[00:09:45] Elie Mystal: How do we get around that? How do we get around this kind of, what we’ve called the constitutional oversight, whatever. How do we get around the fact that to punish the Supreme Court for ethical violations, how do we get around the separation of powers, as it’s currently understood and applied by judges all across the country?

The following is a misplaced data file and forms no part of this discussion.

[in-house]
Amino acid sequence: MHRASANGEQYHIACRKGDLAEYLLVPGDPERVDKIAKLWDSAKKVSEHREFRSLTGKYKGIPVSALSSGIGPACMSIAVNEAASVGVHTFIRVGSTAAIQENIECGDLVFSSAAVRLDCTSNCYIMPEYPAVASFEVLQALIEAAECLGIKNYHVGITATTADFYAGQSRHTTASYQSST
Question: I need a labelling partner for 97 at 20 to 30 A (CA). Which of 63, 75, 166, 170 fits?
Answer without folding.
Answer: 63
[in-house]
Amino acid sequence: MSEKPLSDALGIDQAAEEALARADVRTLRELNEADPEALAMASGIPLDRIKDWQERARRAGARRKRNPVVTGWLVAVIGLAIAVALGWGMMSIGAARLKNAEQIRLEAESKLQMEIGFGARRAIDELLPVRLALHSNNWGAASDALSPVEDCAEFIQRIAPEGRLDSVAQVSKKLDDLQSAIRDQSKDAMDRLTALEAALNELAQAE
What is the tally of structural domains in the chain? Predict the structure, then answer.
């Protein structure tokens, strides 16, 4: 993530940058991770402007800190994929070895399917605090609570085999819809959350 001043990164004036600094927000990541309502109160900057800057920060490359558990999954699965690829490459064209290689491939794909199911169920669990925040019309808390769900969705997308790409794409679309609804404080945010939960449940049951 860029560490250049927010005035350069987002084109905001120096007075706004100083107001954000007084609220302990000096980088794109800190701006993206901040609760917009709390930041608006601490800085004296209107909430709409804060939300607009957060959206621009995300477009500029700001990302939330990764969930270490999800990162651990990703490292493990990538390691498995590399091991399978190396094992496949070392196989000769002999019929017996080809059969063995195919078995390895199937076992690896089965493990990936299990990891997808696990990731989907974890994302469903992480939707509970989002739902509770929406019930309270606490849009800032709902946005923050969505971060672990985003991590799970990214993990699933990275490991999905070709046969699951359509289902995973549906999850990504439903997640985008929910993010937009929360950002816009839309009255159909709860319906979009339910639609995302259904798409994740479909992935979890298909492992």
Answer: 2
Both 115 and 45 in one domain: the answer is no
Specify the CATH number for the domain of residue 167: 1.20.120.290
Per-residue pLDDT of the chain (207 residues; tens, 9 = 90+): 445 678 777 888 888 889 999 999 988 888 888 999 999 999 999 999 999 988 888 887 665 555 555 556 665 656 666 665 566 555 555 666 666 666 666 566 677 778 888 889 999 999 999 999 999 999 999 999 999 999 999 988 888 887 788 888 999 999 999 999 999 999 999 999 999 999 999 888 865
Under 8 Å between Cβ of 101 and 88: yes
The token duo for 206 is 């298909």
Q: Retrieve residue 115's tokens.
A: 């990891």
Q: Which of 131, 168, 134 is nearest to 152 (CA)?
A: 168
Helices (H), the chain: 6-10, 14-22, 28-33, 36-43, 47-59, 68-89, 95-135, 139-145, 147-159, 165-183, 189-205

[00:10:05] Emily Bazelon: I mean, I think the easiest mechanism is for the justices themselves to bind themselves to a set of rules and to some kind of oversight. So for example, there is already a code of judicial ethics that binds the rest of the federal judiciary. The Supreme Court can expect that. I mean, honestly, Elie, even if they just did that, without creating an oversight mechanism, I think it would be somewhat helpful, because then at least you have this clear set of standards. Having said that, you also have the Ethics and Government Act, which was passed post-Watergate in the 70s, which, I think it is pretty clear, binds the justices, and they would beg to differ since it comes from Congress and the president. And, you know, I think the Clarence Thomas and Justice Alito trip seemed to clearly fall within the scope of that act, and that does not seem to have stopped them. Nonetheless, at least they could start by binding themselves to the code of judicial ethics, and then they could create their own enforcement mechanism.